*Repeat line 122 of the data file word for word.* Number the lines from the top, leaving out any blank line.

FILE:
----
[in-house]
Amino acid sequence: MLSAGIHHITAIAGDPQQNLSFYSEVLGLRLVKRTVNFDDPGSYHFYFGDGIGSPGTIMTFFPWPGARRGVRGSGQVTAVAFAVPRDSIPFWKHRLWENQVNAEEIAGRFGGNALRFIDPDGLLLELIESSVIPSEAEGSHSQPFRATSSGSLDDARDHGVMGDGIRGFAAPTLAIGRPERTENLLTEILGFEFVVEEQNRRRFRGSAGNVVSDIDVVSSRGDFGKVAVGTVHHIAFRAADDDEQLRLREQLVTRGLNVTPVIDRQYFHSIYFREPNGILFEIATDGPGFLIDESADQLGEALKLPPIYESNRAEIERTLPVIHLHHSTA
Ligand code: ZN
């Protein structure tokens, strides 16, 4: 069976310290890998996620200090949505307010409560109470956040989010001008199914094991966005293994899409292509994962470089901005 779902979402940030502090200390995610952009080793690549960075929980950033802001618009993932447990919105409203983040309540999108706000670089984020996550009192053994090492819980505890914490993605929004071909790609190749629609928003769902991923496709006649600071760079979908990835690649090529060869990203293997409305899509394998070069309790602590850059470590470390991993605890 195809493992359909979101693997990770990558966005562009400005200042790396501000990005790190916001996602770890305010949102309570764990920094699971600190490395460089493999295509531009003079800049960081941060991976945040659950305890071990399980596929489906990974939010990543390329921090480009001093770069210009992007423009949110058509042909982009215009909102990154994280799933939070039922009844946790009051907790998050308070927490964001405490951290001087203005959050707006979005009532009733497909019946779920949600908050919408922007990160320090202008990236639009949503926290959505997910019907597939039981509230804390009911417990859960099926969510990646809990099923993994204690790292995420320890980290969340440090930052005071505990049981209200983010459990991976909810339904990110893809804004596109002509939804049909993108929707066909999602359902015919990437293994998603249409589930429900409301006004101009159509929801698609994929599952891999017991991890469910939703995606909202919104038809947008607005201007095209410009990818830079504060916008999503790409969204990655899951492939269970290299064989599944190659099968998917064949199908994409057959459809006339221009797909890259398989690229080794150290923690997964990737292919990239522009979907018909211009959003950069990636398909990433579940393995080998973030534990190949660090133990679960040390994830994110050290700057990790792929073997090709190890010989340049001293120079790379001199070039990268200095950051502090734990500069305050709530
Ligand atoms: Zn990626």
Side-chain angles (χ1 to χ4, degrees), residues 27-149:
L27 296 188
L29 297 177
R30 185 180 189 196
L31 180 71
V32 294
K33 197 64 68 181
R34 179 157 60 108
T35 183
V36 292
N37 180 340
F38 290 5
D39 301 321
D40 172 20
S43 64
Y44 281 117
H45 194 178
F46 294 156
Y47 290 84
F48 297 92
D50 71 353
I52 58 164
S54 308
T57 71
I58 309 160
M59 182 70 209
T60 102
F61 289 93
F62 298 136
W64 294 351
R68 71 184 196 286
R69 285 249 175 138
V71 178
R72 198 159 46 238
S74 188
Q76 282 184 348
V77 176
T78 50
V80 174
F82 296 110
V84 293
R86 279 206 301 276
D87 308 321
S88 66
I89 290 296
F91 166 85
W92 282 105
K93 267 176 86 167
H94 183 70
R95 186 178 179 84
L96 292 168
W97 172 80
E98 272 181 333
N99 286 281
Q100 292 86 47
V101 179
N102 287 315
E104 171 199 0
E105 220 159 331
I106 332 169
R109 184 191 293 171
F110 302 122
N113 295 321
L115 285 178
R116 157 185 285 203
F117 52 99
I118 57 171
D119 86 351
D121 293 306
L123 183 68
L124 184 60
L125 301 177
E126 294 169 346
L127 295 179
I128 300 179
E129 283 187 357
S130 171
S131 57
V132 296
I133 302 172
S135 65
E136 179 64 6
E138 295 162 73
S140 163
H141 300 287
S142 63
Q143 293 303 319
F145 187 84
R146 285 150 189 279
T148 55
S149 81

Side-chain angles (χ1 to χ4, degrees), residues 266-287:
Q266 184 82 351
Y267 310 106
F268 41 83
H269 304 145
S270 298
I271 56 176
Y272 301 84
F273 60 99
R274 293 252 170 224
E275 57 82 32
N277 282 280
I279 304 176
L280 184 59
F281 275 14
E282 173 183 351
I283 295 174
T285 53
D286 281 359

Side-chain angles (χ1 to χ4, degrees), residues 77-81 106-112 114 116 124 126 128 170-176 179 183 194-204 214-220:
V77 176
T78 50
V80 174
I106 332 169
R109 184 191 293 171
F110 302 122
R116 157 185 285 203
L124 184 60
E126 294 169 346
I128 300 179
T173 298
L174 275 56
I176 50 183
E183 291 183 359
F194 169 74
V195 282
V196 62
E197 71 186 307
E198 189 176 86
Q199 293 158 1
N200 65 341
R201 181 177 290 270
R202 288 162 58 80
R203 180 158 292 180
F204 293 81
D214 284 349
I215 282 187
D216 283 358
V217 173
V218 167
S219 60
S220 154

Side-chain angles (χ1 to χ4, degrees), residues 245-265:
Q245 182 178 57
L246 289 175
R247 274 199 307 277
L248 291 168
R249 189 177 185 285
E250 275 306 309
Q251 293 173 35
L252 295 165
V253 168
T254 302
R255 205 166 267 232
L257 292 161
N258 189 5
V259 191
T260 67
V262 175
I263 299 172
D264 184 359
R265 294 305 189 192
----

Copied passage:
F110 302 122